Sunday, November 7, 2010

Sweet and Spicy Pickles

I decided to make one spicy pickle this year to give away as gifts since my family is not big on hot foods. I chose a recipe from Emeril Lagasse. I found these pickles really easy to make and one of the prettiest pickles that I have ever made. Most pickles just look like green disks floating in some yellowish liquid, but these pickles looked festive with the chunky cuts of garlic and red pepper chunks floating among the green cucumber disks. These pickles present themselves as the perfect Christmas pickle.

When I tasted the pickles they were not too hot. The sweetness of sugar made the hot chilies seem less over whelming. I think I am going to make these pickles again next year as gifts because they do present so well and they are so easy to make.

Ingredients for Sweet and Spicy Pickles (yield 4 pints) from Emril Live episode: homemade deli
3 pounds pickling cucumbers, sliced into 1/4-inch thick slices
2 cups sliced onions
1/2 cup pickling salt
6 cups water
3 cups white vinegar
1 1/2 cups apple cider vinegar
3 1/2 cups sugar
2 tablespoons yellow mustard seeds
1/2 teaspoon turmeric
4 whole cloves
10 tablespoons roughly chopped garlic
24 dried cayenne peppers
2 teaspoons 100 percent Natural Pickle Crisp, optional


Place cucumbers, onions, pickling salt, and water in a large, non-reactive bowl. Cover and allow cucumbers to soak for 2 hours. Drain the water from the onions and cucumbers through a colander and rinse well for 5 minutes. Drain well and set aside.

Combine the vinegars, sugar, mustard seeds, turmeric, cloves, garlic, and peppers in a medium saucepan over high heat. Bring to a boil, reduce heat to medium and add the cucumbers and onions. Bring to a simmer and remove the saucepan from the heat.

Fill each of the hot sterilized pint-size preserving jars with the pickle mixture, dividing them evenly, and enough of the liquid to come within 1/2-inch of the top. Add 1/2 teaspoon of Natural Pickle Crisp to each jar, if desired. With a clean damp towel, wipe the rim and fit with a hot lid. Screw on the metal ring just until the point of resistance is met. Process the jars in a hot-water bath for 15 minutes.

Using tongs, remove the jars, place on a towel, and let cool. Test the seals by allowing the jars to stand at room temperature overnight or until the lids pop. Tighten the rings and store in a cool dry place. Let the pickles age for at least 2 weeks before using.

This post was submitted to Meatless Monday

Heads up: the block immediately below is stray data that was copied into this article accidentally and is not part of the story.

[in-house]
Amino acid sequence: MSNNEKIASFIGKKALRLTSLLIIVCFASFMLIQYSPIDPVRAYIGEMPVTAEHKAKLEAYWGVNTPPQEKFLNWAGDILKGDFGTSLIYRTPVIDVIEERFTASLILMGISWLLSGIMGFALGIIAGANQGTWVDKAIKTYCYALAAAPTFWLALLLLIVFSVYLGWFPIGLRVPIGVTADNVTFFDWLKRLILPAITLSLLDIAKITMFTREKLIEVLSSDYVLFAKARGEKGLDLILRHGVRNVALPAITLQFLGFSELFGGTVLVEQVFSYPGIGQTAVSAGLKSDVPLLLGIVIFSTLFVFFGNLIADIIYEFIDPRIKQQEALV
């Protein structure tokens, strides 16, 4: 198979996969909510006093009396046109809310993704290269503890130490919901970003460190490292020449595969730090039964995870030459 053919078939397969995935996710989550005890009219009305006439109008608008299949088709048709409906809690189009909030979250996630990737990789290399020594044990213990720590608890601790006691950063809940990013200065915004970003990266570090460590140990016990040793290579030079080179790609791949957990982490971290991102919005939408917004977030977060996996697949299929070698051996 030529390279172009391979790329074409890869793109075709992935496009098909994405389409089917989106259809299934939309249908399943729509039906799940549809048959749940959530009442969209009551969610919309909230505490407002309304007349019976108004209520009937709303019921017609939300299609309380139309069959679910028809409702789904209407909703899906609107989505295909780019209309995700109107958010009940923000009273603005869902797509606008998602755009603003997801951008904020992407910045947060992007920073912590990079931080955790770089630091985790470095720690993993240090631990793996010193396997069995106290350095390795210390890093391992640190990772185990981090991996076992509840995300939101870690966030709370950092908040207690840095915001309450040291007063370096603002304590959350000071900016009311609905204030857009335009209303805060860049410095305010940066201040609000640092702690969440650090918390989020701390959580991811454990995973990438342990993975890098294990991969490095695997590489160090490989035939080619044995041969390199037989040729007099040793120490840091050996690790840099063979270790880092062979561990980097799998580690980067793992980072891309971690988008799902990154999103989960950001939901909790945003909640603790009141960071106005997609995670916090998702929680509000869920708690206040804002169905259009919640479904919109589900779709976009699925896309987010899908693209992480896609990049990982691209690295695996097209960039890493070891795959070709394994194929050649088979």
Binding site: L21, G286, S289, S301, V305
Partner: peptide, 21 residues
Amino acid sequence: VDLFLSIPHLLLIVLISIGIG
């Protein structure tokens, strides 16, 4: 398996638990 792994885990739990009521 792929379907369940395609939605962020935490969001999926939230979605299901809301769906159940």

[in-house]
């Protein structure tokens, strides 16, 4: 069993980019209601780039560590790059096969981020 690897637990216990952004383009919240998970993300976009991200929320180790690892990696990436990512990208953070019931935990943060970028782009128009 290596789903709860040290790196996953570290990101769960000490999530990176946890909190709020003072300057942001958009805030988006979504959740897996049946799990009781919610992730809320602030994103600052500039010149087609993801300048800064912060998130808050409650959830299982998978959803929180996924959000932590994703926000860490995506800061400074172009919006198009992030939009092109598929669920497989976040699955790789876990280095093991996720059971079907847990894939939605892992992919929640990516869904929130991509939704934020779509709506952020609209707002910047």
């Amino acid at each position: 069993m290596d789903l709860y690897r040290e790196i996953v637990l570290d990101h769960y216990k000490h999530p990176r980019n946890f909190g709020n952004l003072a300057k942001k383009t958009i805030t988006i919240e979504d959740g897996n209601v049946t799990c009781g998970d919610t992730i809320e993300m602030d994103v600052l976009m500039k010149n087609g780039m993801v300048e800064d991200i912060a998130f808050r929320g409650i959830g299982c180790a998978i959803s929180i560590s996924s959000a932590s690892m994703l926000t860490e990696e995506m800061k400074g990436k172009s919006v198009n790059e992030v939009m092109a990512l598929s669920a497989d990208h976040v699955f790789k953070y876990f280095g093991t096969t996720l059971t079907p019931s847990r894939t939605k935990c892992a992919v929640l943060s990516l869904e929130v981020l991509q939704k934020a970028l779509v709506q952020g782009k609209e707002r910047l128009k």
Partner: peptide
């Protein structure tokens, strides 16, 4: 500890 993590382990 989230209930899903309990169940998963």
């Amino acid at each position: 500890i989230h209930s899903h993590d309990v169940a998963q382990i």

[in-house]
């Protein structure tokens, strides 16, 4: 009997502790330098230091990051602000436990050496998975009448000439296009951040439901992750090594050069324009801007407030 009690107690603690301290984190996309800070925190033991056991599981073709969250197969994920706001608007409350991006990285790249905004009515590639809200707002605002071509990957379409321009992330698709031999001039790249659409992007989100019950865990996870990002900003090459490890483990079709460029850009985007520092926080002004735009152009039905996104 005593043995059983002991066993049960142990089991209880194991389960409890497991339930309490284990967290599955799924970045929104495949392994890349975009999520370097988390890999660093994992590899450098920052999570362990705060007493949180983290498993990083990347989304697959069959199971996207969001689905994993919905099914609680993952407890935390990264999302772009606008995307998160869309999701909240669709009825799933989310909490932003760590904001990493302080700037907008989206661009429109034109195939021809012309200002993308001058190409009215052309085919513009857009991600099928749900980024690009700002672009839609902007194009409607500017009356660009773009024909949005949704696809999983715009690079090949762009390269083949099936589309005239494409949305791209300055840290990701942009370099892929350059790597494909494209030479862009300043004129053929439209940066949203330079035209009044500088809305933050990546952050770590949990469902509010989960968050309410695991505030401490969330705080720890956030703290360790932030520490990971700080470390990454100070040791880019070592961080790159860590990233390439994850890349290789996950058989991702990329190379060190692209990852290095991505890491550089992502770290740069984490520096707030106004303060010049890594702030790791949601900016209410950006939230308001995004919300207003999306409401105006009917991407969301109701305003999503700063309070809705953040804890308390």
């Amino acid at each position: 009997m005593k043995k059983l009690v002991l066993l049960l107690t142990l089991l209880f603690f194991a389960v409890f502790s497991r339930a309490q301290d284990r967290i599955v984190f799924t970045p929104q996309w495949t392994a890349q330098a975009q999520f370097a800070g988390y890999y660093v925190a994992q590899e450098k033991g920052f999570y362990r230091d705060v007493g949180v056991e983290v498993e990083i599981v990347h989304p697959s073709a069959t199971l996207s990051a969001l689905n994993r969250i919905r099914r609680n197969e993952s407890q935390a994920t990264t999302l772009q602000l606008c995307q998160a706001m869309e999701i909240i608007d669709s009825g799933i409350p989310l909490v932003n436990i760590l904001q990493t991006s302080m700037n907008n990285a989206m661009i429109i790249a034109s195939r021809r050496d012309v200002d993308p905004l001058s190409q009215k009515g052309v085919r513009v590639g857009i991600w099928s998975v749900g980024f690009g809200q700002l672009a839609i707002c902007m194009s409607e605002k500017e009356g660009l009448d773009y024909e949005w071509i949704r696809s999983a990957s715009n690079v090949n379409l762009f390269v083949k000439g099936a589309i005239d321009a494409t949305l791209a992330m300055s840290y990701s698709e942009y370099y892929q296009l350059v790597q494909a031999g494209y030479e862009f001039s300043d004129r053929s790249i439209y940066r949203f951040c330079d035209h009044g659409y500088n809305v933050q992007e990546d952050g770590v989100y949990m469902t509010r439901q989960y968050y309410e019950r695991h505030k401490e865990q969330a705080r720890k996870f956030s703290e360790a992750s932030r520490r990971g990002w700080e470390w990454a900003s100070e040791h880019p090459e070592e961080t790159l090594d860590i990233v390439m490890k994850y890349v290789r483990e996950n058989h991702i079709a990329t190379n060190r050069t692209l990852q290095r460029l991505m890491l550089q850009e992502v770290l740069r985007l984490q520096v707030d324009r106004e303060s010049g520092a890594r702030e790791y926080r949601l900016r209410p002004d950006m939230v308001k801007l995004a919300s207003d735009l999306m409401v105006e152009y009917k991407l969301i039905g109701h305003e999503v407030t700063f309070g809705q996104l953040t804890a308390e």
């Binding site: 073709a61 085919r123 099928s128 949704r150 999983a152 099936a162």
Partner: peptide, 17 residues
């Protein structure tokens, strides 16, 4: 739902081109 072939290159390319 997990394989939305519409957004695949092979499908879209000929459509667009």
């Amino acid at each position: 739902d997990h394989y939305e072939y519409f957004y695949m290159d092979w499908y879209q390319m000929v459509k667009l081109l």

1. These sound interesting and certainly are festive.

    I grew way too many cucumbers this year and really should have been pickling them. A project for next year I guess.

    I'm still learning how to can, so pickling hasn't come across my "to do" list yet, but it is in the back of my mind.

    Gifts like these are the ones I cherish.

    Thanks for linking to Midnight Maniac Meatless Mondays!

    ♥ Rebecca Jean
    Midnight Maniac

  2. Looks good, we have 40 quarts canned for this year, but might find some time time to make a small batch!

  3. having a real hard time to find dried Cayenne peppers, I bet I done spend $ 15 00 in gas and still have none, nobody has them for sell , so now i have to try some other hot pepper, just hope I dont waste all the ingredients and the pickles dont turn out right

    1. Hi Anonymous,

      Your pickles should turn out fine with another hot pepper. :) I am sorry that you spent $15 in gas looking for ingredients. I usually have a lot of luck finding dried hot peppers at Mexican markets. Good luck! Please let me know how your pickles turn out.

  4. What kind of onions do you suggest? White, yellow, sweet? Thanks!

    1. I usually use Candy onions because they are season during cucumber season. :) However, any onion will work in this recipe.

  5. I love pickles! How hard is it "to make" pickles? I eat them like candy. I love trying each and every kind of pickle there is.

    1. Making pickles is pretty straight forward. For a good introduction on how to can, I would check out Balls Blue Book Guide to Preserving. You can find it in the canning section at most grocery stores for around $5.



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